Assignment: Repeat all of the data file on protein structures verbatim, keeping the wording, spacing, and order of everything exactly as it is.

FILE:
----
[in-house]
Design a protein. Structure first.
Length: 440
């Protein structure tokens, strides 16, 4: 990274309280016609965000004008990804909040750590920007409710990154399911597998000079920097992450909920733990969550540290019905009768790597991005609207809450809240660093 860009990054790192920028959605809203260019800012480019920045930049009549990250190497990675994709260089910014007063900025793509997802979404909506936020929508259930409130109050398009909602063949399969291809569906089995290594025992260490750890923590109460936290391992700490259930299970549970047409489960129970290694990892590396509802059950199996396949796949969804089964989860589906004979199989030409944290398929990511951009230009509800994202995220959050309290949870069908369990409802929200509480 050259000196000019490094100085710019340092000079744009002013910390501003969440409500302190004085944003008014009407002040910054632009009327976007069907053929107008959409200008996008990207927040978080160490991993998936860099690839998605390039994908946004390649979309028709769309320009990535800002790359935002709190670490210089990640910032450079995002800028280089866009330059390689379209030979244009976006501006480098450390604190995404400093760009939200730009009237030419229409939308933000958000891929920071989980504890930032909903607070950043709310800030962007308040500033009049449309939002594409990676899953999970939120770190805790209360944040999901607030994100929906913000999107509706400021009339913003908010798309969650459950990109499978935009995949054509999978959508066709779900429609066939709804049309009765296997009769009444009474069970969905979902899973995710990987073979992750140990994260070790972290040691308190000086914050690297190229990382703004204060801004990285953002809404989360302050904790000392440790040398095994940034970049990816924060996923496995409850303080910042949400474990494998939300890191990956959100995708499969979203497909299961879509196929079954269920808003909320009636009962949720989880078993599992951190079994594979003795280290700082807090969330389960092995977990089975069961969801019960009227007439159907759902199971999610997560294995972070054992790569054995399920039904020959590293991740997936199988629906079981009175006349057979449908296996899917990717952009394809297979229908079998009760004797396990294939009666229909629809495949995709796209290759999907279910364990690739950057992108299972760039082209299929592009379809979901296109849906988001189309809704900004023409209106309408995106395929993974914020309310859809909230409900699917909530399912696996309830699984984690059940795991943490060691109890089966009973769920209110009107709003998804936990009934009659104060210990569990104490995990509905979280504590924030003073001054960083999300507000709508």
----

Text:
[in-house]
Design a protein. Structure first.
Length: 440
């Protein structure tokens, strides 16, 4: 990274309280016609965000004008990804909040750590920007409710990154399911597998000079920097992450909920733990969550540290019905009768790597991005609207809450809240660093 860009990054790192920028959605809203260019800012480019920045930049009549990250190497990675994709260089910014007063900025793509997802979404909506936020929508259930409130109050398009909602063949399969291809569906089995290594025992260490750890923590109460936290391992700490259930299970549970047409489960129970290694990892590396509802059950199996396949796949969804089964989860589906004979199989030409944290398929990511951009230009509800994202995220959050309290949870069908369990409802929200509480 050259000196000019490094100085710019340092000079744009002013910390501003969440409500302190004085944003008014009407002040910054632009009327976007069907053929107008959409200008996008990207927040978080160490991993998936860099690839998605390039994908946004390649979309028709769309320009990535800002790359935002709190670490210089990640910032450079995002800028280089866009330059390689379209030979244009976006501006480098450390604190995404400093760009939200730009009237030419229409939308933000958000891929920071989980504890930032909903607070950043709310800030962007308040500033009049449309939002594409990676899953999970939120770190805790209360944040999901607030994100929906913000999107509706400021009339913003908010798309969650459950990109499978935009995949054509999978959508066709779900429609066939709804049309009765296997009769009444009474069970969905979902899973995710990987073979992750140990994260070790972290040691308190000086914050690297190229990382703004204060801004990285953002809404989360302050904790000392440790040398095994940034970049990816924060996923496995409850303080910042949400474990494998939300890191990956959100995708499969979203497909299961879509196929079954269920808003909320009636009962949720989880078993599992951190079994594979003795280290700082807090969330389960092995977990089975069961969801019960009227007439159907759902199971999610997560294995972070054992790569054995399920039904020959590293991740997936199988629906079981009175006349057979449908296996899917990717952009394809297979229908079998009760004797396990294939009666229909629809495949995709796209290759999907279910364990690739950057992108299972760039082209299929592009379809979901296109849906988001189309809704900004023409209106309408995106395929993974914020309310859809909230409900699917909530399912696996309830699984984690059940795991943490060691109890089966009973769920209110009107709003998804936990009934009659104060210990569990104490995990509905979280504590924030003073001054960083999300507000709508």